Apparel Canterbury Mercury Compression Top

Published on July 24, 2014

Canterbury Mercury Compression Top

Nine times out of ten the name Skins comes up in conversations about compression wear (probably closer to 9.9), but there are plenty of hugely credible alternatives making inroads to market. Amongst these are Canterbury who, with a heritage dating back more than a century – even if originally as a rugby brand – certainly deserves your attention. Looking to redress some balance RunningMonkey squeezed into a Canterbury Mercury Compression Top to put it to the test.

Compression wear claims a range of benefits, chief amongst them that they reduce muscle oscillation (the vibrating shock waves that ripple through the body with each foot strike) and increase lactic acid ‘flush’ – both of which, arguably, reduces fatigue. Whilst the advantages of using compression on the lower body – tights, shorts, calf guards, etc. – is relatively self-evident, compression tops sit, RunningMonkey feels, in a slightly more voodoo grey area of marginal gains.

The Mercury Compression Top – we were trialling the long-sleeved version – is exceptionally well made with a rather more jaunty design than many of its pure ninja-black competitors. It’s constructed to give a degree of ‘zoned compression’, graduated in the lower sleeve from wrist to elbow to help flush toxins and increase blood flow, and features much welcomed mesh panelling down the centre of the back and under the arm for improved breathability. Despite Canterbury claiming that the number of seams has been reduced to increase comfort there does still appear to be a plethora of them. Admittedly they are all comprehensively flat-seamed but the inclusion of the mesh panel at the rear has necessitated two more here and RunningMonkey certainly found that, especially with a hydration pack on, these began to rub on longer runs.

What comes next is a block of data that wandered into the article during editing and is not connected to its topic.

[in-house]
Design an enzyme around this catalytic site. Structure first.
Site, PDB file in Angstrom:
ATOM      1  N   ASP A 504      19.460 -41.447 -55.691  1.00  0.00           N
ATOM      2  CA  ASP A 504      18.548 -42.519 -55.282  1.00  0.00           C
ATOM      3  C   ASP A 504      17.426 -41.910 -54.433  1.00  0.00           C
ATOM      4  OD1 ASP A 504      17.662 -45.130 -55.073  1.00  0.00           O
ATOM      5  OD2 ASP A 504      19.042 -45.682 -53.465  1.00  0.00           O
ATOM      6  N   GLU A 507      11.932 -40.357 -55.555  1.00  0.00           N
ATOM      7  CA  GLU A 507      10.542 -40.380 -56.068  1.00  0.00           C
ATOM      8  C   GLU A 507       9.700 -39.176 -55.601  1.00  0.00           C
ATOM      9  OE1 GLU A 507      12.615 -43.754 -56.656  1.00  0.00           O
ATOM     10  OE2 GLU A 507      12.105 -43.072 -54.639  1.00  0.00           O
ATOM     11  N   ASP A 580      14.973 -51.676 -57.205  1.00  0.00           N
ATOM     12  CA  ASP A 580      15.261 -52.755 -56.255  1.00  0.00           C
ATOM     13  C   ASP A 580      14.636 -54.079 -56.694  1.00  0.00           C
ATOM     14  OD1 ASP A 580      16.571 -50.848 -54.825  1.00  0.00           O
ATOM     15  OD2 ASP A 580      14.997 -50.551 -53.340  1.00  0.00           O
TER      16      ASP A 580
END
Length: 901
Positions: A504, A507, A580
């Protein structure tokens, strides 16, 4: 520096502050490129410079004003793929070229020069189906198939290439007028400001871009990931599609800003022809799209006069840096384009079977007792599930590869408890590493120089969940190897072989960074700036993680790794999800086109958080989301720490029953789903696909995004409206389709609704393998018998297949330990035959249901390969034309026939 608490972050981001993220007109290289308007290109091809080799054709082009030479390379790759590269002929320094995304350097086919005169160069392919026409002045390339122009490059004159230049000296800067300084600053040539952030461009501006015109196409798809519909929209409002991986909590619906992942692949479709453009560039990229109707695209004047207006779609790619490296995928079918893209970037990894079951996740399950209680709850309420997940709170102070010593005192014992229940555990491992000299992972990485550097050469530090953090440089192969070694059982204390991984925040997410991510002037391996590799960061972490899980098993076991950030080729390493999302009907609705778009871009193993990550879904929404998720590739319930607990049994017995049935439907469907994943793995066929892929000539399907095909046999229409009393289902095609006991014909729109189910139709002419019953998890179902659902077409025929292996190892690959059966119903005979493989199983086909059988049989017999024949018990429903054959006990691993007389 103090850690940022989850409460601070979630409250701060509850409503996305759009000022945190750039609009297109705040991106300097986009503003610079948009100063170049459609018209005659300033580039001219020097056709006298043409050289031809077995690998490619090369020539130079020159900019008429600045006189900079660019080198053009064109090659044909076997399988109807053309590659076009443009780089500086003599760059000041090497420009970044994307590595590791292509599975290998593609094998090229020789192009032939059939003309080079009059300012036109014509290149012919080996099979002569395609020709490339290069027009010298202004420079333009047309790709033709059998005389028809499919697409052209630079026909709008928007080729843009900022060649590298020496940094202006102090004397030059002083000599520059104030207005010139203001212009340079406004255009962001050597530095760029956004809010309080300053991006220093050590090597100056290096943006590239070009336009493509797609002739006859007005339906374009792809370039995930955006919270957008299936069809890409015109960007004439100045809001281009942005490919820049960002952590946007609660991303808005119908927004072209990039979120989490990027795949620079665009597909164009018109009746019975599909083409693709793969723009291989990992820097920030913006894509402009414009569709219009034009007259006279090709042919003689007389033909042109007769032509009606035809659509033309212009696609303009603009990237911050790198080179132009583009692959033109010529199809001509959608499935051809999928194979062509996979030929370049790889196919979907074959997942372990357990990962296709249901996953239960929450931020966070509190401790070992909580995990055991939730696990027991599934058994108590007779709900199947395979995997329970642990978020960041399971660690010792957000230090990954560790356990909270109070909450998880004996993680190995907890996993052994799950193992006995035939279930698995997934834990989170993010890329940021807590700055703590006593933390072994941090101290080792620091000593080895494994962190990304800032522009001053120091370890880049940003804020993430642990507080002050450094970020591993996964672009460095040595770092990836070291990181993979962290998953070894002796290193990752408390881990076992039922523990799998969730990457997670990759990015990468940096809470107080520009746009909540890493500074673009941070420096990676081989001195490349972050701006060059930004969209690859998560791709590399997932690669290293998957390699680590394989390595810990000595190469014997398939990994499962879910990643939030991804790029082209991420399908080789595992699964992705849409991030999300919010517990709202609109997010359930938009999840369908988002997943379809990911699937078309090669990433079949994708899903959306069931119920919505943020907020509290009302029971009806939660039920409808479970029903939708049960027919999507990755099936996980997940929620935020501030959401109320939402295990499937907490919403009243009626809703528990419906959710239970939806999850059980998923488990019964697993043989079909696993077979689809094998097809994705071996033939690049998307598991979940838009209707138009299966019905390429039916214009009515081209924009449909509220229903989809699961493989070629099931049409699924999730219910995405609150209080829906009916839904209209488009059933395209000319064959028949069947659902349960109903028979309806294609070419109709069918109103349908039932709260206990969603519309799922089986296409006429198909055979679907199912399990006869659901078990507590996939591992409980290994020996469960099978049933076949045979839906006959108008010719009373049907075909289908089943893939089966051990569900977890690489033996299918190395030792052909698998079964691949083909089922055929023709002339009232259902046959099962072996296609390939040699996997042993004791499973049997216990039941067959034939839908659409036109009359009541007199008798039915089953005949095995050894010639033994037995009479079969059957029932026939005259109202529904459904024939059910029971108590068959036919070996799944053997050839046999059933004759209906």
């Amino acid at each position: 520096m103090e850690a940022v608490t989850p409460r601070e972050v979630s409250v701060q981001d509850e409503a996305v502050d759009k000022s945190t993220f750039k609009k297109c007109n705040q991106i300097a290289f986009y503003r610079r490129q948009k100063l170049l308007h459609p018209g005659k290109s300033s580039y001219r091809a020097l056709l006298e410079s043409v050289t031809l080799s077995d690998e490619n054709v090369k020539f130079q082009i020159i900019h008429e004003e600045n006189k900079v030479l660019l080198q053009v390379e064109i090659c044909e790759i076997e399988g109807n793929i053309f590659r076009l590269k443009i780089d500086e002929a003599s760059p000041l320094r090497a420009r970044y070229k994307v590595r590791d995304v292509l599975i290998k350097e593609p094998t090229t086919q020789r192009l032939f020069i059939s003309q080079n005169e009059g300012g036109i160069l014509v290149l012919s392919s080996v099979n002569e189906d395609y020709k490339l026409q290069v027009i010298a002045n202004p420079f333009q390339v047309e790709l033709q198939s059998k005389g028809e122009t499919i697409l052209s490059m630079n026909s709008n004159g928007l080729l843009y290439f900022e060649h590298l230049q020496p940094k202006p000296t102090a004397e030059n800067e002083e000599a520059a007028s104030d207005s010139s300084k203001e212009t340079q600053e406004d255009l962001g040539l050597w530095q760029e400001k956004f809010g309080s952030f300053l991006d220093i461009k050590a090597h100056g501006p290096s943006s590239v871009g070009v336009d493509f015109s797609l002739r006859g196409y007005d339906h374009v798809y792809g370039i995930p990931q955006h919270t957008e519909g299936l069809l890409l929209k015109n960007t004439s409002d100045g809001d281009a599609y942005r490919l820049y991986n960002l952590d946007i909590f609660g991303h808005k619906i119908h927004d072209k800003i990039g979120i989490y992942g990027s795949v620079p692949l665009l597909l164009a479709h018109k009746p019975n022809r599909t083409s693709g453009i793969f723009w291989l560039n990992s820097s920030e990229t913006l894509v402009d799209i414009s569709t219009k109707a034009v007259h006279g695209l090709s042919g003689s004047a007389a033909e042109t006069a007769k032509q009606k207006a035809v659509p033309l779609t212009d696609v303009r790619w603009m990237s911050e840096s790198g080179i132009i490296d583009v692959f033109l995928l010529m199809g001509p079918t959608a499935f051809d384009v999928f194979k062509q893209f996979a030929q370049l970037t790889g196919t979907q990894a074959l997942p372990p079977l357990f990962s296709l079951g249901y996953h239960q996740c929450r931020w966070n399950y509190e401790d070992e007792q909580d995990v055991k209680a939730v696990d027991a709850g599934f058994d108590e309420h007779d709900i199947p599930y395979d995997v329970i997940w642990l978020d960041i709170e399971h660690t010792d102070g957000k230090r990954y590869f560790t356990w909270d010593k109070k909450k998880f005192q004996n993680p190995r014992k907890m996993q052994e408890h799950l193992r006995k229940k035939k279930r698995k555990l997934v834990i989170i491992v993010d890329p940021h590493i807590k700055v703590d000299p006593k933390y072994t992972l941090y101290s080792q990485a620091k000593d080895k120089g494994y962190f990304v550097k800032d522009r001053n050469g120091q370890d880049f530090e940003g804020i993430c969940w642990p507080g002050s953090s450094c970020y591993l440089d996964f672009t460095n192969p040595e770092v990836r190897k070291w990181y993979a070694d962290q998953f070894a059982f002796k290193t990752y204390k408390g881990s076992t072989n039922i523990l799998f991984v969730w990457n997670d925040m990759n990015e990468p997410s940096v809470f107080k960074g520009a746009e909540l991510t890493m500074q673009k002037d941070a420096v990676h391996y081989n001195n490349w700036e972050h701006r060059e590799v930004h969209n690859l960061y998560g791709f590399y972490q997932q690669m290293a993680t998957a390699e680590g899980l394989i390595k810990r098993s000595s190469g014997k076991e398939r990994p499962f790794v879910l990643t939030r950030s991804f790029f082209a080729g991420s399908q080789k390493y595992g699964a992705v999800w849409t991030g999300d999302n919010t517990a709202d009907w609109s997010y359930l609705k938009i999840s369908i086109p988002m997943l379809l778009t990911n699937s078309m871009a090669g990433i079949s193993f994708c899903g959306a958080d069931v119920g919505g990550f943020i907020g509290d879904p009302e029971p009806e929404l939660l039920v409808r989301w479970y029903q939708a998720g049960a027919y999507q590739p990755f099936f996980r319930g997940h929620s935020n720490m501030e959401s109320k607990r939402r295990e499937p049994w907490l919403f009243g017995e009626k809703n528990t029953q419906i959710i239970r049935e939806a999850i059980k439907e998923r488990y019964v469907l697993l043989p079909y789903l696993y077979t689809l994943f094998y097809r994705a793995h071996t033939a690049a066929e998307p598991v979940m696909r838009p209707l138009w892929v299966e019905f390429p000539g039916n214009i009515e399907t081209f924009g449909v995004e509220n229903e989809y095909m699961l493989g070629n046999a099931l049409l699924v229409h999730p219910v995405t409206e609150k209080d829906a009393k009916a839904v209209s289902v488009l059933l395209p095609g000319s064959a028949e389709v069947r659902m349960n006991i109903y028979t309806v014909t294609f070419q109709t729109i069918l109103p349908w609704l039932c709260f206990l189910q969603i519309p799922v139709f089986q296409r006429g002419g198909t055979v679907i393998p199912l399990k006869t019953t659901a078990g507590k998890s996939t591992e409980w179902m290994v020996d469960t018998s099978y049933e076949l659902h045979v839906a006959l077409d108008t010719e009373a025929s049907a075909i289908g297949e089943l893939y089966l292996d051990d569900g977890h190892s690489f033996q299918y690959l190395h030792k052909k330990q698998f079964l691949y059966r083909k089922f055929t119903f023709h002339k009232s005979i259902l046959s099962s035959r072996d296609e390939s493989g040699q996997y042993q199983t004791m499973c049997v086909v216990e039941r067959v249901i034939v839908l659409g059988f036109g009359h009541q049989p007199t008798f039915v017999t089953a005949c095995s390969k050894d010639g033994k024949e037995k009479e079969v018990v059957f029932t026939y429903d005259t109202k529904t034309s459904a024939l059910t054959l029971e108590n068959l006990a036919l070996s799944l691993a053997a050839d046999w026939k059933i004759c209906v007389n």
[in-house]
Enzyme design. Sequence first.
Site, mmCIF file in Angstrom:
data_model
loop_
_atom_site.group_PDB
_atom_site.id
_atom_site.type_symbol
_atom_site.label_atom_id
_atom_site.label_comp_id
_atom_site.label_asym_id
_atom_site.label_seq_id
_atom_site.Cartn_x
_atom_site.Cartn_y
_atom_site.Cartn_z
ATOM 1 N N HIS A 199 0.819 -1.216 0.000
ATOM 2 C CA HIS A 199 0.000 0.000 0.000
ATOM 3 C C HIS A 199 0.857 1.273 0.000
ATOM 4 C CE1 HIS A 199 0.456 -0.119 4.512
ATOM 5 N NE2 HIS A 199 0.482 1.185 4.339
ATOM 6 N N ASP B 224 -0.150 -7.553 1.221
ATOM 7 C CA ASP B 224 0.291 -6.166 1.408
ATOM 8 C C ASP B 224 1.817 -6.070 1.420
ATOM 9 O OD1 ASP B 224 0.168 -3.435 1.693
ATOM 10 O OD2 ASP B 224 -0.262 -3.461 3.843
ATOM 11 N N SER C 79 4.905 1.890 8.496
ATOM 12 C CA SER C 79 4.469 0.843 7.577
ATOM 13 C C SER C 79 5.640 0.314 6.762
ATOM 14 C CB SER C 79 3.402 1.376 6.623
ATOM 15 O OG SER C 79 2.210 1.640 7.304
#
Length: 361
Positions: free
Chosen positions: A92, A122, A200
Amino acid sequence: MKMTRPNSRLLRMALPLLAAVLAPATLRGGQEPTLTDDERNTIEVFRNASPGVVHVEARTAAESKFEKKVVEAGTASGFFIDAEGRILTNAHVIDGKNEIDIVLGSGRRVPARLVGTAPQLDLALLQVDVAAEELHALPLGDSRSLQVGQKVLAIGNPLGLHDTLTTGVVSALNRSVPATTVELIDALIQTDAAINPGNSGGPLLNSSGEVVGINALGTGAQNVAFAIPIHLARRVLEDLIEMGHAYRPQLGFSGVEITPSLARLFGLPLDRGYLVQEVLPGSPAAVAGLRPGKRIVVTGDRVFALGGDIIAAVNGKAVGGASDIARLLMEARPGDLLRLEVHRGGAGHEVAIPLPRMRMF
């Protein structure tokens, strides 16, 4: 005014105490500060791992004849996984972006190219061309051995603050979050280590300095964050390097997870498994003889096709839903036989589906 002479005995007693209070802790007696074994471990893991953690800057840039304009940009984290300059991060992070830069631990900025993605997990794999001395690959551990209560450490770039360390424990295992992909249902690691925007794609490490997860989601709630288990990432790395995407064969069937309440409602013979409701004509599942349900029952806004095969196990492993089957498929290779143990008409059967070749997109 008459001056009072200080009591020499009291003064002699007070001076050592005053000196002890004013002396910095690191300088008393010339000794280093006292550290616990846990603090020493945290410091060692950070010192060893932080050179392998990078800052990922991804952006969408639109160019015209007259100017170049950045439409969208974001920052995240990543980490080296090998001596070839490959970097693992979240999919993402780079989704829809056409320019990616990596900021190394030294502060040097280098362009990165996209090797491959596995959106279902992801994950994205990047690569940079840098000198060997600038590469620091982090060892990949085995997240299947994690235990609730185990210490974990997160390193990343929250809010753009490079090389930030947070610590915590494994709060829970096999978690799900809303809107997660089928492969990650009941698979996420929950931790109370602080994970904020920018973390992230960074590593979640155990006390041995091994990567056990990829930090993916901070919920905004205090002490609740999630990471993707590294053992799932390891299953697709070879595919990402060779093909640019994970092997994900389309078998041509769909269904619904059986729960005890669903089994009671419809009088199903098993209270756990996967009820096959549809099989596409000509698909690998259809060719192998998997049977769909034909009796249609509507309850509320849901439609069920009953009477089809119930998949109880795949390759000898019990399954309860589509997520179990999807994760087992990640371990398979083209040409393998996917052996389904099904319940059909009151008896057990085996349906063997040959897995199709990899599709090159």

The squeeze that the top delivers feels fairly well judged and even if you don’t completely buy into the benefits of compression tops there is a perceptible feeling of having the running posture improved – possibly a case of emperor’s new clothes, but we felt just a little taller and more open-chested. Taking the Mercury Compression Top purely as a base layer – all be it a pretty expensive one if that’s all you’re after – it adds a welcome layer of warmth on colder runs, but breathes and wicks well and includes a silver based anti-microbial treatment to keep it fresh.

Canterbury Mercury Compression Long-Sleeve Top retails at £55.99, which compares very favourably to the eye-watering £75 of a comparable Skins A400 top.

Further details of the Canterbury Mercury Compression Top at canterbury.com

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